The water is pumped out of the chamber which will allow the dry dock to rise, exposing the underwater area of the ship for maintenance or carrying the ship repairs.
Related Read: What is Ballasting and De-ballasting?
The floating dry dock is usually built using steel framing which is similar to that of seagoing vessels with ballast tanks provided on sides and bottom to raise and lower the dock.
The floating dry docks are commonly operated in sheltered harbours as there is no wave or natural tidal activities present there.
Advantages of a Floating Dry Dock:
- They can be propelled to the location of a salvage vessel near the harbour
- They are cheaper to maintain as compared to graving docks and can get a higher resalable return
- They can be installed near or away from the shore inside the harbour, making them a portable and space-saving structure without taking space of the shore facility
- The complete floating dry dock can be aft or forward trim by ballasting the dock, which further assists the ship or the damaged vessel which cannot be given a trim
- Additional mooring equipment is needed for the floating dry dock to make it stable
- The floating dry dock can be altered and increases in size in all dimensions by extensive retrofitting/ rebuilding
- They can also be split into two different floating docks independent of each other
Disadvantages of Floating Dock:
- The supply of store, equipment, and manpower is usually done from one access point gangway which makes the operation slow
- The maintenance cost of the floating dry dock is similar to that of a ship as the hull of the floating dock is submerged in the saltwater
- The floating dry dock operation will effect if there are tides or during windy weather
- When re-flooding the dock, all the machinery and equipment needs are to be taken out from the dock which takes time
Blocks Of Dry Dock
The blocks inside the dry dock play a very critical role in taking the ship’s load and distributing it among the number of blocks placed below the keel plates. Every ship is provided with a docking manual which will provide guide block plan approved by Ship Classification Society.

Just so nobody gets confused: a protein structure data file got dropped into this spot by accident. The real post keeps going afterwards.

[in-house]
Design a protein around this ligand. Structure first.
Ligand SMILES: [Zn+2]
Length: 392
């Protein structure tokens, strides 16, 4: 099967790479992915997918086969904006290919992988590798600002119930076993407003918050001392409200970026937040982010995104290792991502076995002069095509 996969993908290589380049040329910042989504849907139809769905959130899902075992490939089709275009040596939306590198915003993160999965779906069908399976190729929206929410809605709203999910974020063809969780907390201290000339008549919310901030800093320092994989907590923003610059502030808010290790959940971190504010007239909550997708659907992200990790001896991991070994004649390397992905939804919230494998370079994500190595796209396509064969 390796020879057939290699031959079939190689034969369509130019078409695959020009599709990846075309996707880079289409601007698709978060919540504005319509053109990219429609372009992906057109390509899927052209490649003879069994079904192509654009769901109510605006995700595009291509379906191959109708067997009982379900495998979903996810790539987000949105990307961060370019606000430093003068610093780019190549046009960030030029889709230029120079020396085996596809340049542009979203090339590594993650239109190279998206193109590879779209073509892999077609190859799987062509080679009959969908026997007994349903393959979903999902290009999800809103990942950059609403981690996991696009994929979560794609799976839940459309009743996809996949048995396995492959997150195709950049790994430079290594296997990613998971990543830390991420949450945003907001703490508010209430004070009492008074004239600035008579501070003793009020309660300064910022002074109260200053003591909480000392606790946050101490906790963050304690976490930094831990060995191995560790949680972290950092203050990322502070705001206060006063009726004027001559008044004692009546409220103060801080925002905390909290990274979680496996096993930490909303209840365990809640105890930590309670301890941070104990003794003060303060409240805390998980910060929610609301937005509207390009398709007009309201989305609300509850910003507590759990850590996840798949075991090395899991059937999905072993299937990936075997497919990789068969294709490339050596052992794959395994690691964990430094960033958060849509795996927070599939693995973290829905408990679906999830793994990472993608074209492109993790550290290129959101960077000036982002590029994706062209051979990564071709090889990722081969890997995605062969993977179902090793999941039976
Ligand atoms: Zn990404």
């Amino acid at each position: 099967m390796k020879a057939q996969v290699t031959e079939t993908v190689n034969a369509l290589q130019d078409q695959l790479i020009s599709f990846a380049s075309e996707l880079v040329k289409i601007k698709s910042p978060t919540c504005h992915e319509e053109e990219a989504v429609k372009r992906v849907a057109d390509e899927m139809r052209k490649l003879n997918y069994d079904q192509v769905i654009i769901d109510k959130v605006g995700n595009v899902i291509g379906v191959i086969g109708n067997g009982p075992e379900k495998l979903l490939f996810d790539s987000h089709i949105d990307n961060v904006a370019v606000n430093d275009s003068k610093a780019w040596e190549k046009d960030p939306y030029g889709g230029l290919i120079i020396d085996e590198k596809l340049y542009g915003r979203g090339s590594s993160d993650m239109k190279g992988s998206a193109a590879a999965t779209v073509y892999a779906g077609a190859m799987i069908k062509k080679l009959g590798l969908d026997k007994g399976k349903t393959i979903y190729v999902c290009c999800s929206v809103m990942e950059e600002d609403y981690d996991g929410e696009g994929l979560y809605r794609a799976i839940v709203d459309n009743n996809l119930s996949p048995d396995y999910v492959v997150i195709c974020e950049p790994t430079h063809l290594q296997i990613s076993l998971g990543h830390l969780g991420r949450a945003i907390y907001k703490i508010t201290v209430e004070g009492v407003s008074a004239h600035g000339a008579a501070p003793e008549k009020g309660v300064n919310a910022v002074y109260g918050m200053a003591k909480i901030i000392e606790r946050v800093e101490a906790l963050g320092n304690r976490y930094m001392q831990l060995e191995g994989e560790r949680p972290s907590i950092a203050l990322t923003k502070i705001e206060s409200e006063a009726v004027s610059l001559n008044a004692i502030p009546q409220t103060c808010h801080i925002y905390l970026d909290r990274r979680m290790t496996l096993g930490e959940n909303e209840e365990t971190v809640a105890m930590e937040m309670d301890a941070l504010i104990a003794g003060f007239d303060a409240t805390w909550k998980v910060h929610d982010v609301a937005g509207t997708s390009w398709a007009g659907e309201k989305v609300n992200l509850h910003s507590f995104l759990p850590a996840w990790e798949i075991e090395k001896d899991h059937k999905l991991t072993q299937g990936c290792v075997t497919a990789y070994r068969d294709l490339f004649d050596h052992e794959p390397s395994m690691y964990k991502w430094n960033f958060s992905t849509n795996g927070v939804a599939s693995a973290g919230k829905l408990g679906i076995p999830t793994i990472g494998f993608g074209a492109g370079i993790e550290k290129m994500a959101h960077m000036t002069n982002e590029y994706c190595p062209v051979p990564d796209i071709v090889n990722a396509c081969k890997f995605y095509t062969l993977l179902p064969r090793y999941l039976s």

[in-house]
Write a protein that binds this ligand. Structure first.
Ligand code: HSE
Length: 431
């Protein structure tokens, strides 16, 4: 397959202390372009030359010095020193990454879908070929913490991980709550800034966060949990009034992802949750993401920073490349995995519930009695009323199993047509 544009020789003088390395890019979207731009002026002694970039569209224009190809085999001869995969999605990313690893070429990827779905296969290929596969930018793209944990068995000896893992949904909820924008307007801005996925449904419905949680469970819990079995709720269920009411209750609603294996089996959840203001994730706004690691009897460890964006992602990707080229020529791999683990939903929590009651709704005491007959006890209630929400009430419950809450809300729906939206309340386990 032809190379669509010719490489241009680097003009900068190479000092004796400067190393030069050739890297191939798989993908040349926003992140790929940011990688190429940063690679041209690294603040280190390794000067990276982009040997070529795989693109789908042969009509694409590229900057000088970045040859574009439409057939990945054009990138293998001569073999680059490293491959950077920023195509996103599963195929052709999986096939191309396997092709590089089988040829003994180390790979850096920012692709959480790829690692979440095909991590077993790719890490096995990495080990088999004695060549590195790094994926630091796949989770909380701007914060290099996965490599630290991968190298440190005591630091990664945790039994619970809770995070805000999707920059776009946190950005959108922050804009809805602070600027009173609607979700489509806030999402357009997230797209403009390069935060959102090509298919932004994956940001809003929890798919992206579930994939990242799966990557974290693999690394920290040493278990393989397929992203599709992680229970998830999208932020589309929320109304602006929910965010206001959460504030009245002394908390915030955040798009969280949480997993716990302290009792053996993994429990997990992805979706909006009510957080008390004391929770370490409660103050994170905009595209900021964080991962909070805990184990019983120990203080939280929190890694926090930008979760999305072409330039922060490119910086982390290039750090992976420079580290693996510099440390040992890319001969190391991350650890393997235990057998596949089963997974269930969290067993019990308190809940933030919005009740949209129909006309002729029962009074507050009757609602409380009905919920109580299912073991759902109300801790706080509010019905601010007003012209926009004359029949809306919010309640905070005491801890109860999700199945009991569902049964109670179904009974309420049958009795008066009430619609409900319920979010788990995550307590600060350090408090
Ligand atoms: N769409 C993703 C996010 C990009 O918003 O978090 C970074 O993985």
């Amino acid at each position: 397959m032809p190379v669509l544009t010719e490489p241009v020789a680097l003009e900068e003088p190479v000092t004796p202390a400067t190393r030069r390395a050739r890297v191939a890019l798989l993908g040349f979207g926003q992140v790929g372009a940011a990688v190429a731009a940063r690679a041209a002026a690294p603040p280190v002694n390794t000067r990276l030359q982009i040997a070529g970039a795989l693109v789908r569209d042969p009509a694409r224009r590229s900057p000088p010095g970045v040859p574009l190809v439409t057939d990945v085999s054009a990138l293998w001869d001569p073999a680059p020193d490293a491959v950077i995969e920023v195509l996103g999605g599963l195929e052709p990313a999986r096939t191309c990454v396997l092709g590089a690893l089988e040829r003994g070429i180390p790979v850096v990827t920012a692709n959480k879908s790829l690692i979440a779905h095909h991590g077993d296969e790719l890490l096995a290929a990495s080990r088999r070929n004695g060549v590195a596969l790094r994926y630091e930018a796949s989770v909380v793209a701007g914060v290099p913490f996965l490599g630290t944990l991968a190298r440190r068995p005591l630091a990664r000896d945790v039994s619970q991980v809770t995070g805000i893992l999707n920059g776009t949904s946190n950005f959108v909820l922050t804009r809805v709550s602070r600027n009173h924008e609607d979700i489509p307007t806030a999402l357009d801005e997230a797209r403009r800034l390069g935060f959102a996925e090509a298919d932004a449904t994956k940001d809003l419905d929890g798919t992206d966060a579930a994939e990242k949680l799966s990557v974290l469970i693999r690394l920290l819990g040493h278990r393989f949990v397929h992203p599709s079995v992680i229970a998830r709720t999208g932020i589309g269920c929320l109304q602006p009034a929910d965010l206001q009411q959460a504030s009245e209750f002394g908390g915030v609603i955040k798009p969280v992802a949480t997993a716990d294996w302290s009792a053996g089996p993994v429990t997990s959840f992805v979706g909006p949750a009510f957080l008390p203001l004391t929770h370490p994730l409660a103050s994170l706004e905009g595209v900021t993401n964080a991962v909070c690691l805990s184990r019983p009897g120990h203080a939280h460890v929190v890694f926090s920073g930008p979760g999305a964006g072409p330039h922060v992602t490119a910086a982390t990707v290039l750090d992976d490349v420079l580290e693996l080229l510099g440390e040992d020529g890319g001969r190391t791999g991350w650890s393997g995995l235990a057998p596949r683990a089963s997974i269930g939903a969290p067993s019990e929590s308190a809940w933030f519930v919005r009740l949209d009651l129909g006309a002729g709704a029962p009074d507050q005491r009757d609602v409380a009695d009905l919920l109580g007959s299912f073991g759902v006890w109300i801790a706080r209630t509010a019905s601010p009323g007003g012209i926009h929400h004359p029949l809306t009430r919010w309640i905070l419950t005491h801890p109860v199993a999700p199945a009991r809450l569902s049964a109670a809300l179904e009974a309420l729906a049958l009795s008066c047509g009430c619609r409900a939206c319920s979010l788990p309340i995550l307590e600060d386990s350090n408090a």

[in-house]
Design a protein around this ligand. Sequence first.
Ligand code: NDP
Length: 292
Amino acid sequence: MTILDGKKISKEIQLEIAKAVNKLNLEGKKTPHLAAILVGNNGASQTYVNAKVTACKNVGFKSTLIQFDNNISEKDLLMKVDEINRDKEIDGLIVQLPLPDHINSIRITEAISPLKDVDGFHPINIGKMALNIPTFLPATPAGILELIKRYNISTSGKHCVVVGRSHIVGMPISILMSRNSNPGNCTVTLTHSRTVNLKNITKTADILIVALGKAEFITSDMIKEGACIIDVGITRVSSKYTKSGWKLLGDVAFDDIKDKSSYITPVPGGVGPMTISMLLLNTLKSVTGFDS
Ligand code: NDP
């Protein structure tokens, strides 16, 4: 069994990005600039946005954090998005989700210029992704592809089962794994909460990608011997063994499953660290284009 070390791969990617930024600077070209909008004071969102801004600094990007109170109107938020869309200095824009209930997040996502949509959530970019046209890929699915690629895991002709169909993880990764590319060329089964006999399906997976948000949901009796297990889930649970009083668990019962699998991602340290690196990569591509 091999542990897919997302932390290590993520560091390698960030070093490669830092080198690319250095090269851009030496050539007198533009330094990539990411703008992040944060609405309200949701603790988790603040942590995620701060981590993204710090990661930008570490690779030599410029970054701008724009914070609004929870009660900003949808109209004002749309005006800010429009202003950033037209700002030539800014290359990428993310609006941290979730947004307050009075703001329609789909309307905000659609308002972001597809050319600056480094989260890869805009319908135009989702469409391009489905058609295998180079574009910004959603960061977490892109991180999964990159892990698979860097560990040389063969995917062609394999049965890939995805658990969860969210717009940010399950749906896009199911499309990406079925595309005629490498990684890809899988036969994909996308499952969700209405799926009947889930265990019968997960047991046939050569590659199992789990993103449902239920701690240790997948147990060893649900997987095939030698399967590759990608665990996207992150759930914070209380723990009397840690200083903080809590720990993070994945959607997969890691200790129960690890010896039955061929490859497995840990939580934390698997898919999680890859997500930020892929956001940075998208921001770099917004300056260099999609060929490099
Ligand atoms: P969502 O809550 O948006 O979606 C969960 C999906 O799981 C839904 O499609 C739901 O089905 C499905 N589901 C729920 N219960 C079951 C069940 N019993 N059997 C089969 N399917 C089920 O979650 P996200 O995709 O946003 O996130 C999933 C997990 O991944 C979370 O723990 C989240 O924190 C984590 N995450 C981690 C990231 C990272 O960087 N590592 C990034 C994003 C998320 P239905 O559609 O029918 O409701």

Shipmaster/ chief officer and the dry dock master must understand the blocking plan for the particular vessel and how the ship will behave under load when resting on the blocks, which include various factors that can affect the amount of load taken by a block.
The blocks are usually constructed from one material as the stiffness of all the blocks will be similar. If the blocks are constructed from different materials, the force exerted on the blocks with smaller elasticity module will squeeze it more as compared to the block which is stiffer. This can lead to damage to the block or the ship’s hull as the distribution of the force will be uneven.
The most common material used for the blocks are:
- Concrete with steel
- Timber blocks
- Timber on top and concrete at the bottom
In timber block, which is added into a keel track built of blocks with concrete or steel bases, the timber block will take a much smaller load as compared to the others.
Apart from the keel blocks, side blocks are also arranged to support the ship. They are less stiffer than the keel blocks as a stiffer side block will overload the vessel and may damage the structure. The height of the slide blocks is usually similar or more than that of the keel blocks.
Important factors which affect the loading on the dry docking blocks are:
- The initial height of the block: The height of the block is a very critical factor as the load on the individual block will be determined by the load shared by all the other blocks. If the placement and height of the blocks are according to the ship’s hull, the load distribution will be even
- The contact area of the block: The contact area of the block with the ship’s hull determines the load distributed on the block. If the contact area of the block is smaller in size, this means the load exerted on this block will be lesser than that with a larger contact area.
- The material of the block: As stated earlier, different material will react differently to the load exerted by the ship. Hence, the material of the block used for the keel block and for the side block plays an important role in aligning the ship in the dry dock.
- Placement of the block: The blocks in the dry dock needs to be arranged as per the docking plan of the ship as there are many types of equipment and parts which can get damaged if the block position is not altered. For e.g. for echo sounder, anodes etc., the blocks need to be removed so that these equipment tools can have the space to settle once the ship rests on the blocks.
Choosing A Type of Dry Dock
The criteria to select a type of dry dock for a ship depends on the following factors:
- The size of the vessel: The graving dock is used to accommodate larger size as compared to any other type. If the shipowner/ manager has to dry dock a large oil tanker, they will go for graving dock. If the vessel is about 10000 tonnes, Marine railway type can be used. If a boat or small yacht of up to 250 tonnes needs a repair in the dock, a mobile marine lift can be used